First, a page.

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BLUE LIAS ICHTHYOSAUR
This well-preserved partial ichthyosaur was found in the Blue Lias shales by Lewis Winchester-Ellis in 2018. An exciting find to be sure. The vertebrae you see are from the tail section of this marine reptile.
The find includes stomach contents which tell us a little about how this particular fellow liked to dine.
As with most of his brethren, he enjoyed fish and cephalopods. Lewis found fish bone and squid tentacle hooklets in his belly. Oh yes, these ancient cephies had grasping hooklets on their tentacles. I'm picturing them wiggling all ominously. The hooklets were the only hard parts of the animal preserved in this case as the softer parts of this ancient calamari were fully or partially digested before this ichthyosaur met his end.
Ichthyosaurus was an extinct marine reptile first described from fossil fragments found in 1699 in Wales. Shortly thereafter, fossil vertebrae were published in 1708 from the Lower Jurassic and the first member of the order Ichthyosauria to be discovered.
To give that a bit of historical significance, this was the age of James Stuart, Jacobite hopeful to the British throne. While scientific journals of the day were publishing the first vertebrae ichthyosaur finds, he was avoiding the French fleet in the Firth of Forth off Scotland. This wasn’t Bonnie Prince Charlie, this was his Dad. Yes, that far back. Charles wasn’t yet a gleam in his parents eye or thorn of the British annuls until many years later.
The first complete skeleton was discovered in the early 19th century by Mary Anning & her brother Joseph along the Dorset Jurassic Coast. Joseph had mistakenly, but quite reasonably, taken the find for an ancient crocodile. Mary excavated the specimen a year later and it was this and others that she found that would supply the research base others would soon publish on.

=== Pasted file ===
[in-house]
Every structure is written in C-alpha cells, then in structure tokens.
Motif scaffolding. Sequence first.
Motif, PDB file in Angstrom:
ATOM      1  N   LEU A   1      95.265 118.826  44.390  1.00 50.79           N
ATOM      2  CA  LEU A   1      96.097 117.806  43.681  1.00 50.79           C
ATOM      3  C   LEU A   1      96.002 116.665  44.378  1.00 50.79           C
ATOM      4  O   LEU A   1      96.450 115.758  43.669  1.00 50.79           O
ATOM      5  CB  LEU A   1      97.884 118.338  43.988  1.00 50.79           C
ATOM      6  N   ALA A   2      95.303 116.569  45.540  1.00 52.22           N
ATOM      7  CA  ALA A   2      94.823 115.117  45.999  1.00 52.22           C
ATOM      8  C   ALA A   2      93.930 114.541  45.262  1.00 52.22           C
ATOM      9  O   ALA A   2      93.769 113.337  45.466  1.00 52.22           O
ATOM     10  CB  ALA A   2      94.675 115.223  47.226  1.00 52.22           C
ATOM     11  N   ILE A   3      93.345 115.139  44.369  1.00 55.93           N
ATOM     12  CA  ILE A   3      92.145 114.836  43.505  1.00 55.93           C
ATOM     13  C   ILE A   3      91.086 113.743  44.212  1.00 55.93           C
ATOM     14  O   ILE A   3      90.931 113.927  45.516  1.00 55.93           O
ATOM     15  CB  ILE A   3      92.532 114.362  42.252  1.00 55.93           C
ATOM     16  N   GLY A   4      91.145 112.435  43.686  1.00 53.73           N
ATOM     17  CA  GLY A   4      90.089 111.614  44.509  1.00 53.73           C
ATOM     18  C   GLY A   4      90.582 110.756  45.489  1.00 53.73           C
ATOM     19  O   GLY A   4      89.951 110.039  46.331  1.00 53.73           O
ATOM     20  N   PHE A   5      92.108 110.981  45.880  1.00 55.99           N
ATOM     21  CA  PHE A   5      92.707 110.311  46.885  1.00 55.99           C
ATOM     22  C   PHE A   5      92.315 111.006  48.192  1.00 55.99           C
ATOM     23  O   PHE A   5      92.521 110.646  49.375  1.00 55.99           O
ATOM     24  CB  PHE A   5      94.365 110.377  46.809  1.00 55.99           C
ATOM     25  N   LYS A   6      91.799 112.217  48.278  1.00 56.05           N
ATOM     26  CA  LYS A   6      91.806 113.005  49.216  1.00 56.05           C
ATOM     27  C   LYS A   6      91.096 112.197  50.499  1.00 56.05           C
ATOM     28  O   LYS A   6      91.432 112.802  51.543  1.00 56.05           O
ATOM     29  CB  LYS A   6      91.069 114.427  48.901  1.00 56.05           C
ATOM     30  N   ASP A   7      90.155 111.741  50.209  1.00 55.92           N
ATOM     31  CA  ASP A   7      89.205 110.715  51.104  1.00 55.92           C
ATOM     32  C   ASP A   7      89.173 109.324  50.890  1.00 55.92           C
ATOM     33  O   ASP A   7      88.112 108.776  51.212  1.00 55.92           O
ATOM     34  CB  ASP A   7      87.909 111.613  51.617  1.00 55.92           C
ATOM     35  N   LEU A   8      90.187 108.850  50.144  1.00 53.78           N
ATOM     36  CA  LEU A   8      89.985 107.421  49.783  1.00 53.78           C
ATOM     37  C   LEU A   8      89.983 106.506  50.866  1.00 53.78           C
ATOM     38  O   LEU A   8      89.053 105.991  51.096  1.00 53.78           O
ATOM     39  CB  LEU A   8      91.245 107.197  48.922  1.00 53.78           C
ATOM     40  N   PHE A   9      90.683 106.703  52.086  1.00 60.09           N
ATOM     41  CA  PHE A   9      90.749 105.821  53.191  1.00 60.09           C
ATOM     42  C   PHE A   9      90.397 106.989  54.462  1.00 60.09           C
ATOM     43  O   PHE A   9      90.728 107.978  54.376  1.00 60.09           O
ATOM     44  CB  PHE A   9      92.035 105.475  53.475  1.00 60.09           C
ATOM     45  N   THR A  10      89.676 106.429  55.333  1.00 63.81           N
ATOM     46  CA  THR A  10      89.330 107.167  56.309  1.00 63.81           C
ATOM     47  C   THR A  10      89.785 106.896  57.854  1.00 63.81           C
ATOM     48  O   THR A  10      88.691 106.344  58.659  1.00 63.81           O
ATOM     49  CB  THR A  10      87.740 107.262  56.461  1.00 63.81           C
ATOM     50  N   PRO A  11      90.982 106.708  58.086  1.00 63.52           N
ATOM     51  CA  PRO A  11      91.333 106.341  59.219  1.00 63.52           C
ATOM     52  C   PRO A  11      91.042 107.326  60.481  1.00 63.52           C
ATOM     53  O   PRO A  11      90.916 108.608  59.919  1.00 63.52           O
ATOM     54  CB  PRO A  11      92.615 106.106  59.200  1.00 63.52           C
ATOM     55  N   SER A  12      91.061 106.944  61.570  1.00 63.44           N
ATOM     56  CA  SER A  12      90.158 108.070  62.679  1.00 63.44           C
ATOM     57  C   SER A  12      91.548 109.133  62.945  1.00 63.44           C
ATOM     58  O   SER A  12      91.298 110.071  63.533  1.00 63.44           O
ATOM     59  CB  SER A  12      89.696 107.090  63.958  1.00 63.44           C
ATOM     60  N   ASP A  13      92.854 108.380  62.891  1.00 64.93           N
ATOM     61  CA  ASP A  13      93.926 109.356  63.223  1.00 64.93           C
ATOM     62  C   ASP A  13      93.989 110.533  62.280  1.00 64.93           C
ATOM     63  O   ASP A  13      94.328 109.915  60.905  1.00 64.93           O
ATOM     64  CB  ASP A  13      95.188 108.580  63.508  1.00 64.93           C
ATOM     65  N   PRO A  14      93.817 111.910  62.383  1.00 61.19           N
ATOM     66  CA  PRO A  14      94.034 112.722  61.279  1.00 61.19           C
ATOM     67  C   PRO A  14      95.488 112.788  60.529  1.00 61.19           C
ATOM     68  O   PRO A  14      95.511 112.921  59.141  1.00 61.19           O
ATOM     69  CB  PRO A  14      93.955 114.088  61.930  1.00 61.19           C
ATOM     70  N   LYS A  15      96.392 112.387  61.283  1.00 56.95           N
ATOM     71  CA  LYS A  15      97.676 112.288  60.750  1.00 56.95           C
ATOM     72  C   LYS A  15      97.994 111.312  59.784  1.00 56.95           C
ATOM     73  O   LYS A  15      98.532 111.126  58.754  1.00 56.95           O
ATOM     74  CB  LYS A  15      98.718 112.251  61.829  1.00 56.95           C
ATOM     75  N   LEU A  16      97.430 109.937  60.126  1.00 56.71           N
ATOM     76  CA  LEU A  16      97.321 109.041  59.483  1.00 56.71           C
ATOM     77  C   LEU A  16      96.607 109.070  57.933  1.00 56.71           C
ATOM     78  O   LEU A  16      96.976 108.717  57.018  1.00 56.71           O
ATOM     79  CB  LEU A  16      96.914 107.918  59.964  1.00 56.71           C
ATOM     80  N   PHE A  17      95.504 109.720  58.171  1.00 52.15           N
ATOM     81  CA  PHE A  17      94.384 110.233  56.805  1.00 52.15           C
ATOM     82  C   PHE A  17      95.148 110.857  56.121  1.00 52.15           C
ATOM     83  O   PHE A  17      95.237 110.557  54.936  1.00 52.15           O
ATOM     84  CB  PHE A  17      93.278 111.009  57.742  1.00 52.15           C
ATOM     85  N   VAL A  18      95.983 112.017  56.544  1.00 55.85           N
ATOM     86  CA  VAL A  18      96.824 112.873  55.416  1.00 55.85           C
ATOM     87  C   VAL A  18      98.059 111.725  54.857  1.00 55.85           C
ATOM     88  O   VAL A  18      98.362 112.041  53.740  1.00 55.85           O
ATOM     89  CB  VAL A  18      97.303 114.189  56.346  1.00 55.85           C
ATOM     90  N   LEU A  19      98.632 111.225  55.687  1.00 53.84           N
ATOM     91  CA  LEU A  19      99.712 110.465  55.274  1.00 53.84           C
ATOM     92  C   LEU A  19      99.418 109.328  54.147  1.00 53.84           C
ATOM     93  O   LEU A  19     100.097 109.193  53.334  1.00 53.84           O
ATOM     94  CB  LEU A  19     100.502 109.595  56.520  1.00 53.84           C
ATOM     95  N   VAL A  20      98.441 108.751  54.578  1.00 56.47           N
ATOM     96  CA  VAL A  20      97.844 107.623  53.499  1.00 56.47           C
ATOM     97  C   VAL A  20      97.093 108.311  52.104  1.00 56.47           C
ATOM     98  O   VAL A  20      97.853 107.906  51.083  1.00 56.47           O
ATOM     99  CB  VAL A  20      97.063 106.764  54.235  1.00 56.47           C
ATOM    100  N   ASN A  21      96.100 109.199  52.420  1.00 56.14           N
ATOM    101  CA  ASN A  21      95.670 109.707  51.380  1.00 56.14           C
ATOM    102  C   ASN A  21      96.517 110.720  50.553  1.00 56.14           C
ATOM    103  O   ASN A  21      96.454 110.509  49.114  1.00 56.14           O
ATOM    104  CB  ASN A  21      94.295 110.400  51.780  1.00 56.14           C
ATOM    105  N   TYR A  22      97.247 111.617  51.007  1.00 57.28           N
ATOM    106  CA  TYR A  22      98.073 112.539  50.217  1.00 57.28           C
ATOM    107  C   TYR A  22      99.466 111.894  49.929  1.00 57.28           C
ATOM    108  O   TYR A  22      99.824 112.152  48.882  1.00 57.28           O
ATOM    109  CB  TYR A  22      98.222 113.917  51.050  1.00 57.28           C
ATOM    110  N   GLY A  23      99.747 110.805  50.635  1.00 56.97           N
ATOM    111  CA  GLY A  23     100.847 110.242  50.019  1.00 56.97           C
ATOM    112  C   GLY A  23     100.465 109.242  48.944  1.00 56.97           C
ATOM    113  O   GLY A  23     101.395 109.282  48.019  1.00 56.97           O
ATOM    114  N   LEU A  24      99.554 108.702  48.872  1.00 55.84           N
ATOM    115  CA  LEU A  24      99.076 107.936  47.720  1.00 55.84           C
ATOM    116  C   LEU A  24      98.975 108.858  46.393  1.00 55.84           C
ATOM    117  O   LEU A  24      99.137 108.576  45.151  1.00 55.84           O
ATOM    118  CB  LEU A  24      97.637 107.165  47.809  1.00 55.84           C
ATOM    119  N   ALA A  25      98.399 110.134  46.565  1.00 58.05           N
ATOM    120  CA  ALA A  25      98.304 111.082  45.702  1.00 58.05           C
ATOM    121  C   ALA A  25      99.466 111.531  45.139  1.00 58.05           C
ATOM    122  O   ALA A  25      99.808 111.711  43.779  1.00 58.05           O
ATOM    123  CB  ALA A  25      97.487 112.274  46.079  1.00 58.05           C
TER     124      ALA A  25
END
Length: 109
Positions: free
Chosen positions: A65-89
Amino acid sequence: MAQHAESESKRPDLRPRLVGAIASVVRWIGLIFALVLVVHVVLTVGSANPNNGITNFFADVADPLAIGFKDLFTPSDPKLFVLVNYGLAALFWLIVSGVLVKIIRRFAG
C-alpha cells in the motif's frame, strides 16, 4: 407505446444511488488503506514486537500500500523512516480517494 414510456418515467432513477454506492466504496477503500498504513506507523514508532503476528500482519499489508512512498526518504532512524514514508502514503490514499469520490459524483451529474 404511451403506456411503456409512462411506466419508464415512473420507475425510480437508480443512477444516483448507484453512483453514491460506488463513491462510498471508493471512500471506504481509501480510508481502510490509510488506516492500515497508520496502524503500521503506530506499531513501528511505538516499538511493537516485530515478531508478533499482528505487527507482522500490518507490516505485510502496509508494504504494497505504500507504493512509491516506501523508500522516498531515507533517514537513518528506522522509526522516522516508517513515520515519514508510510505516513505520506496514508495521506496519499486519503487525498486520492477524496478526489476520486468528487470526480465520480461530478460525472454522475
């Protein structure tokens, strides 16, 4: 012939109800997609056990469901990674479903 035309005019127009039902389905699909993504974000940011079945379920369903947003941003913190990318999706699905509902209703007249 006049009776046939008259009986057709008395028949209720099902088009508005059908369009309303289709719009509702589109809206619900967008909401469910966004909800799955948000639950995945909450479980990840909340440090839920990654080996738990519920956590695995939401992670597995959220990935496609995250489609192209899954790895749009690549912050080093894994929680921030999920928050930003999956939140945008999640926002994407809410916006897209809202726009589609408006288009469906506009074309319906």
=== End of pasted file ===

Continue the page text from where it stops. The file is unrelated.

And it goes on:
In 1821, William Conybeare and Henry De La Beche, a friend of Mary's, published a paper describing three new species of unknown marine reptiles based on the Anning's finds.
The Rev. William Buckland would go on to describe two small ichthyosaurs from the Lias of Lyme Regis, Ichthyosaurus communis and Ichthyosaurus intermedius, in 1837.
Remarkable, you'll recall that he was a theologian, geologist, palaeontologist AND Dean of Westminster. It was Buckland who published the first full account of a dinosaur in 1824, coining the name, "Megalosaurus."
The Age of Dinosaurs and Era of the Mighty Marine Reptile had begun.
Ichthyosaurs have been collected in the Blue Lias near Lyme Regis and the Black Ven Marls. More recently, specimens have been collected from the higher succession near Seatown. Paddy Howe, Lyme Regis Museum geologist, found a rather nice Ichthyosaurus breviceps skull a few years back. A landslip in 2008 unveiled some ribs poking out of the Church cliffs and a bit of digging revealed the ninth fossil skull ever found of a breviceps, with teeth and paddles to boot.
Specimens have since been found in Europe in Belgium, England, Germany, Switzerland and in Indonesia. Many tremendously well-preserved specimens come from the limestone quarries in Holzmaden, southern Germany.
Ichthyosaurs ranged from quite small, just a foot or two, to well over twenty-six metres in length and resembled both modern fish and dolphins.
Dean Lomax and Sven Sachs, both active (and delightful) vertebrate paleontologists, have described a colossal beast, Shonisaurus sikanniensis from the Upper Triassic (Norian) Pardonet Formation of northeastern British Columbia, Canada, measuring 3-3.5 meters in length. The specimen is now on display in the Royal Tyrrell Museum of Palaeontology in Alberta, Canada.
The first specimens of Shonisaurus were found in the 1990s by Peter Langham at Doniford Bay on the Somerset coast of England. We've also found at least 37 specimens of Shonisaurus in Triassic outcrops of the Luning Formation of Nevada, USA. For a time, this was the largest ichthyosaurus known.
Move over, Shoni, as a new find competes with the Green Anaconda (Eunectes murinus) and the Blue Whale (Balaenoptera musculus) for size at a whopping twenty-six (26) metres.